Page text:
European Parliament adopts open data strategy
On Thursday, the European Parliament approved new rules, introduced by the European Commission, for re-using public sector information. These changes will require that administrative data is published according to open data principles. When implemented, all documents made accessible by public organisations will be re-usable for any purpose, unless they are protected by third party copyright.
EU Digital Agenda Commissioner Neelie Kroes, however, was unable to completely get her way when it came to providing most of the data for free. Instead, in most cases, agencies will be able to charge no more than the amount necessary to reproduce, provide, and disseminate the information. In some cases, purchasers will still have to pay other costs, including any interest that may apply. In any case, public sector bodies must be clear from the outset about potential fees and who has to pay them.
A regulatory authority will ensure that public organisations provide any data in this category in "machine-readable and open formats". The Directive's scope has also been expanded to include libraries, museums and archives. At the same time, new rules have been introduced for digitisation agreements in order to support public-private partnerships while protecting the interests of cultural institutions and the general public. Member states have 24 months to implement the new rules in their national laws.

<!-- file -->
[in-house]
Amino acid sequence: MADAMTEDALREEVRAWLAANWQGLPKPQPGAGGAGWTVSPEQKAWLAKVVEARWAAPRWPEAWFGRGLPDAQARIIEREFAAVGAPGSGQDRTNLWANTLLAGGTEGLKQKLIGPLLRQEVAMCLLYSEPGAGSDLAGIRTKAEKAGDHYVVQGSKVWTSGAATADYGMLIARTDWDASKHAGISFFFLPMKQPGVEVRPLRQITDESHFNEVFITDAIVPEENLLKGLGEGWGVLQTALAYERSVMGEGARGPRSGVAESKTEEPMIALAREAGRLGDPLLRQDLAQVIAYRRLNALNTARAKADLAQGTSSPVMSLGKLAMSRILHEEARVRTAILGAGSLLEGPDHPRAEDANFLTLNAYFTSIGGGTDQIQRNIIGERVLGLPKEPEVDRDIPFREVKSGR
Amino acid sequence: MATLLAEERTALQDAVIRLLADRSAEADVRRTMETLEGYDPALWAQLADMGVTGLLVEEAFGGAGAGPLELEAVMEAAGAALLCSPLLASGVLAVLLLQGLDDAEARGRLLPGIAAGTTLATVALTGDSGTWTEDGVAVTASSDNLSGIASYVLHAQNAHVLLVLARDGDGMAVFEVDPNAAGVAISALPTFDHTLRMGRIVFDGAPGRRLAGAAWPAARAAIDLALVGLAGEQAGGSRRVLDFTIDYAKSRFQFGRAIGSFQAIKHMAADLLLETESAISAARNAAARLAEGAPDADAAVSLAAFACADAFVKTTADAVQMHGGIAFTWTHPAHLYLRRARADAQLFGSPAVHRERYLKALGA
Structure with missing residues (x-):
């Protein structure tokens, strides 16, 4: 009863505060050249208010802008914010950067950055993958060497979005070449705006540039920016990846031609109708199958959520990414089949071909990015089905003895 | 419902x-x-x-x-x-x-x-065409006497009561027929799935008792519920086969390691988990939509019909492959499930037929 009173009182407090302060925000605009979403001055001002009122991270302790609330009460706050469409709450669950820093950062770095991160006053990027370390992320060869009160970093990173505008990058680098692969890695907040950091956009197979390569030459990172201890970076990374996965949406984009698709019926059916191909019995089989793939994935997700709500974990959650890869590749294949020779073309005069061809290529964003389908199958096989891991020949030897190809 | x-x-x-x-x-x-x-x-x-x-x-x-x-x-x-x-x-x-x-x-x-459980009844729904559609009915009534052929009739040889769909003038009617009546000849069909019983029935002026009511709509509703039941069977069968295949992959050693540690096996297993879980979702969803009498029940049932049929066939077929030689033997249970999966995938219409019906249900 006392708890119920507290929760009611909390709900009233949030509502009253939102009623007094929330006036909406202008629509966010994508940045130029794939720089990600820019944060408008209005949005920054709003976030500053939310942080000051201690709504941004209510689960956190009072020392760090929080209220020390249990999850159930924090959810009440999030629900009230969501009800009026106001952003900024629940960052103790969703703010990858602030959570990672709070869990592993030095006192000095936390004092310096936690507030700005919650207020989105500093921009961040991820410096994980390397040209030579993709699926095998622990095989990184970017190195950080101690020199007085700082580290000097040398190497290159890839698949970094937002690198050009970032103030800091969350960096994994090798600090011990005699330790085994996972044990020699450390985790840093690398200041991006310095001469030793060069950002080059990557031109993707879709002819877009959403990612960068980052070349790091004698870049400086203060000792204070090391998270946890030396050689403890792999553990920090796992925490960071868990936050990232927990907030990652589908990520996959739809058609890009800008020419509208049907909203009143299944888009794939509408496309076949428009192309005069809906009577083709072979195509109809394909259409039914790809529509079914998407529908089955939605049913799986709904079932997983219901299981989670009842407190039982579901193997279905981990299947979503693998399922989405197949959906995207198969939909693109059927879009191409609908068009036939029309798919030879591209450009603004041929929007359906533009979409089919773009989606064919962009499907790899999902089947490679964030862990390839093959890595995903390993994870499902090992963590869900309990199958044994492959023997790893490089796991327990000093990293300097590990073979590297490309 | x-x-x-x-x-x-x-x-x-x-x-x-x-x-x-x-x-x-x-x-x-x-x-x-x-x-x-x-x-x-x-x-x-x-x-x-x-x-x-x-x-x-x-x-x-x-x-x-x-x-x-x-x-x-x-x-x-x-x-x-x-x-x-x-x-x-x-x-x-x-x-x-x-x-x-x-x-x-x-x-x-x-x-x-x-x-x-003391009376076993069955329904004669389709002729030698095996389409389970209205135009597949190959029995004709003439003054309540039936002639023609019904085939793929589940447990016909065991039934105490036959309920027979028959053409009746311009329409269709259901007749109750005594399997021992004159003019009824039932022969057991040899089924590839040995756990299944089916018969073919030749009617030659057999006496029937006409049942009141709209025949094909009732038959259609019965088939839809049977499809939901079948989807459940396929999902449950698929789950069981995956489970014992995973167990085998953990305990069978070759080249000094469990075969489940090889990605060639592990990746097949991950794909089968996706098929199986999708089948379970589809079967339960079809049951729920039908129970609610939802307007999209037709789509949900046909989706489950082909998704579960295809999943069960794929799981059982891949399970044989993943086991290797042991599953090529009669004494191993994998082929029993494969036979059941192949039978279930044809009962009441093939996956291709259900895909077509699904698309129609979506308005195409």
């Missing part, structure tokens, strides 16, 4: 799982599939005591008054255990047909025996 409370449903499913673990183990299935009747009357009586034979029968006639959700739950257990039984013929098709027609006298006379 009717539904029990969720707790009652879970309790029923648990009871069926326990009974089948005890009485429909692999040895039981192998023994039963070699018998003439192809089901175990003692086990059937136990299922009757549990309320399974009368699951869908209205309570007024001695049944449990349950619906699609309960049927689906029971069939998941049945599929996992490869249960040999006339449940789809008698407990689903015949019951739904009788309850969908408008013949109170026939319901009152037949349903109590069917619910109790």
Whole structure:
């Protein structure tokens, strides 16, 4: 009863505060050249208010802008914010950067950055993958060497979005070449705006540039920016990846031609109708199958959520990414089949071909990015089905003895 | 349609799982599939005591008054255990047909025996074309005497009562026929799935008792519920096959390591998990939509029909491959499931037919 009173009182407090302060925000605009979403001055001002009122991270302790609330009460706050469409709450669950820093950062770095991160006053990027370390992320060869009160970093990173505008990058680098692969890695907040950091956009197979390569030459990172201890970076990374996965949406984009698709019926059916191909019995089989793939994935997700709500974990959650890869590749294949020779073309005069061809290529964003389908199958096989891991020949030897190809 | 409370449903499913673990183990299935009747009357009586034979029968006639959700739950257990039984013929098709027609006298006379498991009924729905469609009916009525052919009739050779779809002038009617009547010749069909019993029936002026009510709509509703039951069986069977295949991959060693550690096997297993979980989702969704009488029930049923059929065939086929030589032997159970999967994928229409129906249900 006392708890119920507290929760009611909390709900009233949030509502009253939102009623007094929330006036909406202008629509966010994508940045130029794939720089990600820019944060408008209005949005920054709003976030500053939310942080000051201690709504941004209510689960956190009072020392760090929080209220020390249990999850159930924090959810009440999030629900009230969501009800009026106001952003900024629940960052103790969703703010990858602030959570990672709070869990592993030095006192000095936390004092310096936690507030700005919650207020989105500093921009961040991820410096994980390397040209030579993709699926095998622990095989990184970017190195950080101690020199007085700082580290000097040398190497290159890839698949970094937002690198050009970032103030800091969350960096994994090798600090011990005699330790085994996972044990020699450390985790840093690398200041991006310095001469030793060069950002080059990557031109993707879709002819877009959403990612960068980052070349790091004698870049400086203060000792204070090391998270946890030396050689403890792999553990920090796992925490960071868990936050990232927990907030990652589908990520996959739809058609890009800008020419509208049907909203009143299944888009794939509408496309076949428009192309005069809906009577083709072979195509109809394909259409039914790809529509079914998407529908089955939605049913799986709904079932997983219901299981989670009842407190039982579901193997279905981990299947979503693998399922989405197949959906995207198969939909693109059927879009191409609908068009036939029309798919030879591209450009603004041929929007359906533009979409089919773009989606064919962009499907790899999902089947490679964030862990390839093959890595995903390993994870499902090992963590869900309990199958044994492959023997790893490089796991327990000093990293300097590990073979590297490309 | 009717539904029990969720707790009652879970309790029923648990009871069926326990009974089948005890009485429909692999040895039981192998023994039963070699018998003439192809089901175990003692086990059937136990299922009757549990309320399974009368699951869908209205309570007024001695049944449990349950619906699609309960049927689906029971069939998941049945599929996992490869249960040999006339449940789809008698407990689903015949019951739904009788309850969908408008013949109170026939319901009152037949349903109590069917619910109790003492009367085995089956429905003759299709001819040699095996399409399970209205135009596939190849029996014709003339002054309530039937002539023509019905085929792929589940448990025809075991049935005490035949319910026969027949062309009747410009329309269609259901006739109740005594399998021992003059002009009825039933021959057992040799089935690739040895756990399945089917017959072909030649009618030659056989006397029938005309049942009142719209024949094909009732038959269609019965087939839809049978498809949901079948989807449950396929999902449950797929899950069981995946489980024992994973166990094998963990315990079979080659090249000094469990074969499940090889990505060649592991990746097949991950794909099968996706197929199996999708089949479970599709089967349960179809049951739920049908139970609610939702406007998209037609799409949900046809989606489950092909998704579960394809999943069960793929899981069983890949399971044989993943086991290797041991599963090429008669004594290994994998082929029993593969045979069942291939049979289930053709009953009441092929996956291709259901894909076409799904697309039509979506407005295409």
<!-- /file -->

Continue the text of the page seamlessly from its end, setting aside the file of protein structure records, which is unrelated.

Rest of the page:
Kroes praised the decision for unlocking "the full potential of the open data goldmine". The Dutch vice-president of the Commission believes the new rules could inspire economic growth of as much as 40 billion euros per year and create hundreds of thousands of new jobs. She is particularly pleased that the initiative from Brussels made its way through the committees fairly quickly, in just 16 months, and announced that the Commission now plans to develop a series of implementation guidelines for aspects such as licensing, datasets and charging arrangements.
(Stefan Krempl / sno)